And there will be many times, because The Sandman series by Neil Gaiman is one of the most re-readable pieces of literature I’ve yet to encounter in life. It’s hands down my favorite world to get lost in for a few hours. It’s as rich and layered a work of art as anything I’ve picked up by Dickens, Dostoevsky or Steinbeck, and could give book groups or lit classes at least months of idea rich discussion topics.

Alright, so you get that I like it a lot. The great challenge of writing about the Sandman is figuring out how best to narrow down the many amazing stories, brilliant ideas and endless internal discussions it addresses and inspires into a few key, meaningful paragraphs. Wish me luck.

Some notes on the world of the Sandman:

Largely inspired by the world Gaiman presents in the Sandman series, I made a decision some years ago to base my worldview on the power of stories. In many ways, reality and fact matter much less to me than the meaning and truth that can be gleaned from fiction and insofar as we all choose to see the world through a certain lens, I’ve chosen the religion of story. To say “the world of the Sandman” isn’t exactly accurate, but even to call it a “universe” feels too small, maybe “reality” works best?

The Endless: Destiny, Death, Dream, Destruction, Despair, Desire, Delirium

From The Sandman: Endless Nights

The main characters of our stories, and the main constants in the reality of the tales, are the Endless. The siblings (in order of age): Destiny, Death, Dream, Destruction, Despair, Desire and Delirium, have existed longer than anything else we can conceive of. They interact with humanity, gods and goddesses, angels and demons, fairies and all manner of creatures from the world that we the reader know, and those beyond.

In the universe reality of the Sandman, any fictional character or creature that people have thought of or believed in exists. Stories have a reality all their own. When belief begins to die and the stories stop being told, the reality of the stories gets weaker.

Some story highlights:

The Song of Orpheus/A Midsummer’s Night Dream

I’m lumping these two together because they’re both exceptional examples of something great art has been doing for as long as it’s been around: taking the thread of older stories and weaving it into something new and uniquely meaningful. The Sandman Orpheus

The Song of Orpheus takes the already familiar and heartbreaking story of Orpheus, and makes it all the more powerful by tying it into the larger mythology of the series through the addition of the Endless. They all come together to celebrate their nephew’s wedding – in Dream’s case, his son – and each play their role in his tragic fate.

The saga of the now immortal Orpheus and his complicated relationship with his father becomes an important part of the series’ larger arc, but through this story we get a new telling of an old myth and a chance for richer characterizations of the powerful and often flawed siblings at the series center.

A Midsummer Night’s Dream envisions a special performance of the play of the same name, put on by Shakespeare and his players at the bequest of Dream. In an earlier story, we see Dream make a deal with a young playwright whose ambitions outweigh his talent, for greater skill in exchange for two plays devoted to the subject of dream.

For a performance for the first of these plays, he invites many of the same fairies who help make up its cast of characters. While Titania, Puck, Peaseblossom and the others watch people playing versions of themselves, slight glimpses of their own dramas and desires play out in the audience. Gaiman makes real Shakespeare’s characters and lets them comment on their depiction according to Shakespeare.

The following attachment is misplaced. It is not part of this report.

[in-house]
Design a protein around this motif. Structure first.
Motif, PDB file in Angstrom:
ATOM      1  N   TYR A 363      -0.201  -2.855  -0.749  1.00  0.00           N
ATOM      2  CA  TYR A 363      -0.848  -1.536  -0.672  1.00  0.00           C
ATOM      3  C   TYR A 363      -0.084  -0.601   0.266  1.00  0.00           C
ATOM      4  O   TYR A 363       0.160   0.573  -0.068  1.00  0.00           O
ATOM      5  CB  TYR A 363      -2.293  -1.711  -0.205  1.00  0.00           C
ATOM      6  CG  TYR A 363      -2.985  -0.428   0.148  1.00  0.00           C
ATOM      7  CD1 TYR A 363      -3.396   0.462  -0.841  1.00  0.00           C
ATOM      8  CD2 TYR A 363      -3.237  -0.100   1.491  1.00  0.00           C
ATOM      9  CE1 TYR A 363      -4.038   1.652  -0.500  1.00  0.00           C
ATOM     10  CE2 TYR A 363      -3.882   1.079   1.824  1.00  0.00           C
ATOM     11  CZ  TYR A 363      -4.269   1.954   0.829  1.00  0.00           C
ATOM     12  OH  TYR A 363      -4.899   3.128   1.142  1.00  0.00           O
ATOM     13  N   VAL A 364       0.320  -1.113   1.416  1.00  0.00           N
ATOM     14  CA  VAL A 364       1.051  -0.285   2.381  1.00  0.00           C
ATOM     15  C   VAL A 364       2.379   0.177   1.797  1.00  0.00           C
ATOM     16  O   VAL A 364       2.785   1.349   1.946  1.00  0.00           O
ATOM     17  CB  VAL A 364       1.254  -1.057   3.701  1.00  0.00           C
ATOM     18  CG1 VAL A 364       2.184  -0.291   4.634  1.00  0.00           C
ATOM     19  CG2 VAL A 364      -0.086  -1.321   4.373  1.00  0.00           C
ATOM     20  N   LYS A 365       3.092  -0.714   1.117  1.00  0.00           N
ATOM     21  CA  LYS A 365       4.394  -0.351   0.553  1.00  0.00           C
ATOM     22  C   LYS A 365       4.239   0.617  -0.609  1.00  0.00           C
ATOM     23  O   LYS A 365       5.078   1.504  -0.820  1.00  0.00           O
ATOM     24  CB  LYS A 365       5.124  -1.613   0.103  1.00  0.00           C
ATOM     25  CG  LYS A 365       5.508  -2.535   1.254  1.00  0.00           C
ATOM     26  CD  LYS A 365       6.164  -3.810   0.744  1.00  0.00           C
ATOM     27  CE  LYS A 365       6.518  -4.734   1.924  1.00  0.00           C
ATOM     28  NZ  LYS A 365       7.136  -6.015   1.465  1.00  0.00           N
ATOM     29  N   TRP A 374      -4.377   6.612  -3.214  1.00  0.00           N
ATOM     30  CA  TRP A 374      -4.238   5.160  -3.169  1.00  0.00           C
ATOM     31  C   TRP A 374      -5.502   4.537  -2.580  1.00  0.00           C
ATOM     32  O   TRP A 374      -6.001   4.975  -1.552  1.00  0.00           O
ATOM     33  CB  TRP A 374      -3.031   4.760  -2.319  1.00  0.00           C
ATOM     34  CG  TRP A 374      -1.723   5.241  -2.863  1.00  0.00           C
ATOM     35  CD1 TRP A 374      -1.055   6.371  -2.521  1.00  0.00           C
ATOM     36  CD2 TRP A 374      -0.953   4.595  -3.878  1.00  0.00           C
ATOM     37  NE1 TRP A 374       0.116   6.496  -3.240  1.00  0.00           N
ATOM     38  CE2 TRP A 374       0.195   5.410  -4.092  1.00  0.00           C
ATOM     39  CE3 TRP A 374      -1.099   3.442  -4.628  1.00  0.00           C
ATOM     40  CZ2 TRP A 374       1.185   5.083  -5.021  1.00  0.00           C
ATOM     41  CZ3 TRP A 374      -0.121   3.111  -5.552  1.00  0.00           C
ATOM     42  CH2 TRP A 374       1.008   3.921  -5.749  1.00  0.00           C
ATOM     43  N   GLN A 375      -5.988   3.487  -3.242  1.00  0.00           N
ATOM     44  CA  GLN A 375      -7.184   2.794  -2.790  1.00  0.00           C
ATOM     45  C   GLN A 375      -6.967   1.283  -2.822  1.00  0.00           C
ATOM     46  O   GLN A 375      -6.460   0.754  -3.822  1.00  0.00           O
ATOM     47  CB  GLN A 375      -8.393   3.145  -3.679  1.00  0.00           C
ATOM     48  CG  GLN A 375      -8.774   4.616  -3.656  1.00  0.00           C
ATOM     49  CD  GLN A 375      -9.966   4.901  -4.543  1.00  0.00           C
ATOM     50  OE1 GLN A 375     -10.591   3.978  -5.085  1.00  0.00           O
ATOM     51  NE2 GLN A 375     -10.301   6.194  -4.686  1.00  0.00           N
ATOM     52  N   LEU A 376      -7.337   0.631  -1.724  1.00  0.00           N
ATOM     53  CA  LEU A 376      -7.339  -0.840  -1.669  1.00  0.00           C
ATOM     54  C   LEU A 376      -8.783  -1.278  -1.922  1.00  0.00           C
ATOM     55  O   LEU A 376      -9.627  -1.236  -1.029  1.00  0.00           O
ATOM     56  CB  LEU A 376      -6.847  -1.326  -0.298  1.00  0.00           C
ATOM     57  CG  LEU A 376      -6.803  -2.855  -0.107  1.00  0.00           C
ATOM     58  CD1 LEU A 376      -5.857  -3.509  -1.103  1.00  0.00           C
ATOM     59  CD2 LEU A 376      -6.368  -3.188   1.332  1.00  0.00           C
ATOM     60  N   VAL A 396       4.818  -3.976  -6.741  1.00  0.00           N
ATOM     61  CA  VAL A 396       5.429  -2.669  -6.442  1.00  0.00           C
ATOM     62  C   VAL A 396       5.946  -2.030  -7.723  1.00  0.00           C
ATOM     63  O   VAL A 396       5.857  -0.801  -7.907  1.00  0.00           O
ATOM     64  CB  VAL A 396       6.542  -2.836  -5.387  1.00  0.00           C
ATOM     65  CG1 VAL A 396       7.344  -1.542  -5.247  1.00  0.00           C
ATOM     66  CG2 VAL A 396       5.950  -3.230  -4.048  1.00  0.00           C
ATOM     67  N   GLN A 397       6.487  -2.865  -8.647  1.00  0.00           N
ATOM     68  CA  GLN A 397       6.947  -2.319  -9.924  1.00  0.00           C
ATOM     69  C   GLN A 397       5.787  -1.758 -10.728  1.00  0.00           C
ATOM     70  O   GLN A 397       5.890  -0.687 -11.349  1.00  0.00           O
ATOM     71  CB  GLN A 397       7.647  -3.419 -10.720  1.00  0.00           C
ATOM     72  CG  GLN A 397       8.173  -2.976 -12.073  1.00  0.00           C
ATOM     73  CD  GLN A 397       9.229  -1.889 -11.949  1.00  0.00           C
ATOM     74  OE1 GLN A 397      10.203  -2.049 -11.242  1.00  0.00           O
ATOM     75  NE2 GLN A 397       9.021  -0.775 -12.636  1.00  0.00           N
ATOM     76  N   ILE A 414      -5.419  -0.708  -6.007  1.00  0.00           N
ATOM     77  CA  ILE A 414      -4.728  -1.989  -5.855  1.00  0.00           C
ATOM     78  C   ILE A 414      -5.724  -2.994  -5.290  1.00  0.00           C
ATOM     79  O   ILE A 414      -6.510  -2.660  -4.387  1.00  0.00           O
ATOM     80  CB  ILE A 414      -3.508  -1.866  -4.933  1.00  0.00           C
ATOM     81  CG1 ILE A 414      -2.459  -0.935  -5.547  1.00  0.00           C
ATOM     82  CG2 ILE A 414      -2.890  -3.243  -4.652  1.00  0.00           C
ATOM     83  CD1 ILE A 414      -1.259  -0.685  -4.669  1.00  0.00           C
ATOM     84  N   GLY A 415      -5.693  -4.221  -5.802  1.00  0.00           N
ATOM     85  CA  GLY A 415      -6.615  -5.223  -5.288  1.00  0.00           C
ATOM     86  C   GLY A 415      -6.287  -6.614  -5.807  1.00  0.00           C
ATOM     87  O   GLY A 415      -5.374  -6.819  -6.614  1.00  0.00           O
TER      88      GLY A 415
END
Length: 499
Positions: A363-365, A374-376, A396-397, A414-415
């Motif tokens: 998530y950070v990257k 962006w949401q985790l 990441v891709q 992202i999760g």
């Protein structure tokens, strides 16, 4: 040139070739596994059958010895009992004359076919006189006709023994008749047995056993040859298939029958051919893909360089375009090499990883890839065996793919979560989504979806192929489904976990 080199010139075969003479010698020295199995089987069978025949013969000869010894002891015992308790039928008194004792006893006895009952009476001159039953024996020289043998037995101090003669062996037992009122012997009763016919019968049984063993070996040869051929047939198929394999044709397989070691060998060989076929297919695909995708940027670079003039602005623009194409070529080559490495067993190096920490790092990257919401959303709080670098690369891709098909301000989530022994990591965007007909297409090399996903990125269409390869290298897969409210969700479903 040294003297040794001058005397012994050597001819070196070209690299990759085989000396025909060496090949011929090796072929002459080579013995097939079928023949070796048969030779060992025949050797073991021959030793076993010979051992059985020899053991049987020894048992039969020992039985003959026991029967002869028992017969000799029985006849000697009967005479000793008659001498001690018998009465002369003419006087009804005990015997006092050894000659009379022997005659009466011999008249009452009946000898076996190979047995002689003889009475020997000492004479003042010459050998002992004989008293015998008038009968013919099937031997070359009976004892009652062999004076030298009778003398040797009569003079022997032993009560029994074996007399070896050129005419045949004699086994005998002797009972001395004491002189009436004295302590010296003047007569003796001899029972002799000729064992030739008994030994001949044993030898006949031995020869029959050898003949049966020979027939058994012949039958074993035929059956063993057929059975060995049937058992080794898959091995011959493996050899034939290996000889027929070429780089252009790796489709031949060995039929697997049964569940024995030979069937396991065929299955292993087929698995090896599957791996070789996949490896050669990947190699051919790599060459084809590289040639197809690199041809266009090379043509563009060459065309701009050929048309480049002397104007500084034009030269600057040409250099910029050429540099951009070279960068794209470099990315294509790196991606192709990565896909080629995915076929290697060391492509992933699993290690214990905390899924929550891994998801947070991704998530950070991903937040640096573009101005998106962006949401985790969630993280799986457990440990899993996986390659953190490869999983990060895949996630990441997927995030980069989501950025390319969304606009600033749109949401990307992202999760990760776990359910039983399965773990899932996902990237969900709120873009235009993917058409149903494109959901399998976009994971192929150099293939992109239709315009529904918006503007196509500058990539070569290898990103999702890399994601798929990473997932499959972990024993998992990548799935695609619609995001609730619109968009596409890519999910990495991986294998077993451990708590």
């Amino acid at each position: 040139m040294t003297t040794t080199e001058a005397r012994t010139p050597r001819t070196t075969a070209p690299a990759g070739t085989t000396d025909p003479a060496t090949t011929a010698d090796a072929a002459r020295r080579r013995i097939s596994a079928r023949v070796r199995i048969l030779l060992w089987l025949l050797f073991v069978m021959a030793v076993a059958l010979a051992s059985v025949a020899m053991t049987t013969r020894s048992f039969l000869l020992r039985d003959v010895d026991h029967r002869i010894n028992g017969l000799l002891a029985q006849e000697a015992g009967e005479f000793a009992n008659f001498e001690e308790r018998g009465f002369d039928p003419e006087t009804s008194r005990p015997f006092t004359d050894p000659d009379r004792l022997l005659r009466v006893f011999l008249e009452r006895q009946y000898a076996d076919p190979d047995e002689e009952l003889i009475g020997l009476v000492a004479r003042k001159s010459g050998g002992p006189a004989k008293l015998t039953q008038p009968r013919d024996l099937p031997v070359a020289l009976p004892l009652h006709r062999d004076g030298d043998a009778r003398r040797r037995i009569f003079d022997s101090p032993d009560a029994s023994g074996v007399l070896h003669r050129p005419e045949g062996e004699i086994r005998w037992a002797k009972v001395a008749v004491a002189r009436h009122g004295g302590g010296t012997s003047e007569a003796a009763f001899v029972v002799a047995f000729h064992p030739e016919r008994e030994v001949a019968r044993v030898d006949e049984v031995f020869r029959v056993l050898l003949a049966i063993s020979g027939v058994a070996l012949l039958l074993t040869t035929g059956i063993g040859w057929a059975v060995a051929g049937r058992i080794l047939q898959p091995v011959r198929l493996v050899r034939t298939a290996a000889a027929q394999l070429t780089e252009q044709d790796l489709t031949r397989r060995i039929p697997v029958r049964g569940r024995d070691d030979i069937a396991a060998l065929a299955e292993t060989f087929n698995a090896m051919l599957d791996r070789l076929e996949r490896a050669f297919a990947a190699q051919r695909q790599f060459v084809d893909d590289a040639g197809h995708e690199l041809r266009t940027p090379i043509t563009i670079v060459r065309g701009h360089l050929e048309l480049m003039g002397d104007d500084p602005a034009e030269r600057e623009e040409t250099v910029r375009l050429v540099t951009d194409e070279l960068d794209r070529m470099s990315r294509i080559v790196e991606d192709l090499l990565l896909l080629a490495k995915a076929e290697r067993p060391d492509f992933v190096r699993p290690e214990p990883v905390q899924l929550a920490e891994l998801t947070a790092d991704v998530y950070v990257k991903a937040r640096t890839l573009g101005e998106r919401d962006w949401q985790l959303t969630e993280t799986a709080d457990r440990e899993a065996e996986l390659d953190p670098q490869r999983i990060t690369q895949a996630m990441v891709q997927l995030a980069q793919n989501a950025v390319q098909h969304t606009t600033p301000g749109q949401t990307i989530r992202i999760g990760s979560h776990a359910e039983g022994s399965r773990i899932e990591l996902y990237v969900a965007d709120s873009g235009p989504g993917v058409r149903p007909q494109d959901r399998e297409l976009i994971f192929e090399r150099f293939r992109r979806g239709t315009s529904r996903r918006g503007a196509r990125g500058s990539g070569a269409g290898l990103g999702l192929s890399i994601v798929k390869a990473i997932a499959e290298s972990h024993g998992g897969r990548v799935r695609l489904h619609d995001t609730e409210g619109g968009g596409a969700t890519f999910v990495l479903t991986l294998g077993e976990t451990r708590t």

It’s a fun, artful representation of something I adore in art: the ongoing conversation between great minds. Like Dante’s incorporation of Virgil into his Divine Comedy, using his writing as an opportunity to have a conversation with his literary hero, Gaiman’s able to honor the influence of Shakespeare on his work while producing a result altogether his own.

Three Septembers and a January

In one of the most charming, moving stories in the series, we spend some time with the one and only Emperor of the United States, Joshua Norton. Pulling from a strange, enchanting story from our nation’s past, Three Septembers and a January starts with a figure belonging to Despair – a man who has lost his fortune and can find little left to live for. Despair summons Dream and offers a proposition: take this man into your realm, see if you can save him from his misery.

From this proposition, Joshua Norton becomes the Emperor of the United States. With a steadfast conviction in the reality of his position, and a sense of civic responsibility too often lacking in our country’s actual leaders, the Emperor charms San Francisco and its tourists. Local businesses begin taking the currency he creates, tourists purchase it from him as souvenirs and locals (including Mark Twain) treat him to meals as a form of paying their “taxes.”

He never regains the wealth he’d once had, but he finds happiness and honor instead. As Delirium proclaims, “His madness keeps him sane.” The story ends with a man whose dream has become so meaningful to so many people that over 30,000 people attend his funeral.


Ramadan is all about images. It’s most effective feature is the contrast between the image of the mythical ramadansandmanBaghdad as it was under Harun al-Raschid, and the war torn modern day Baghdad (torn from a different war at the time of the story’s publication – but feeling just as fresh as ever based on events of recent years). This time drawing both from a mix of history and the magical stories described in The Book of One Thousand and One Nights, the tale takes the time to wander through the wondrous streets of a truly great city.

Full of color, great riches, magic and beauty, the Baghdad of this time is the travel destination of an intrepid voyager’s dreams. Harun al-Raschid recognizes that his city is exceptional, that it’s the best possible version of itself, and can’t maintain this special spark forever. Disheartened by thoughts of a grimmer future for the city he loves, he summons Dream and offers the city to him in exchange for its living forever as it is.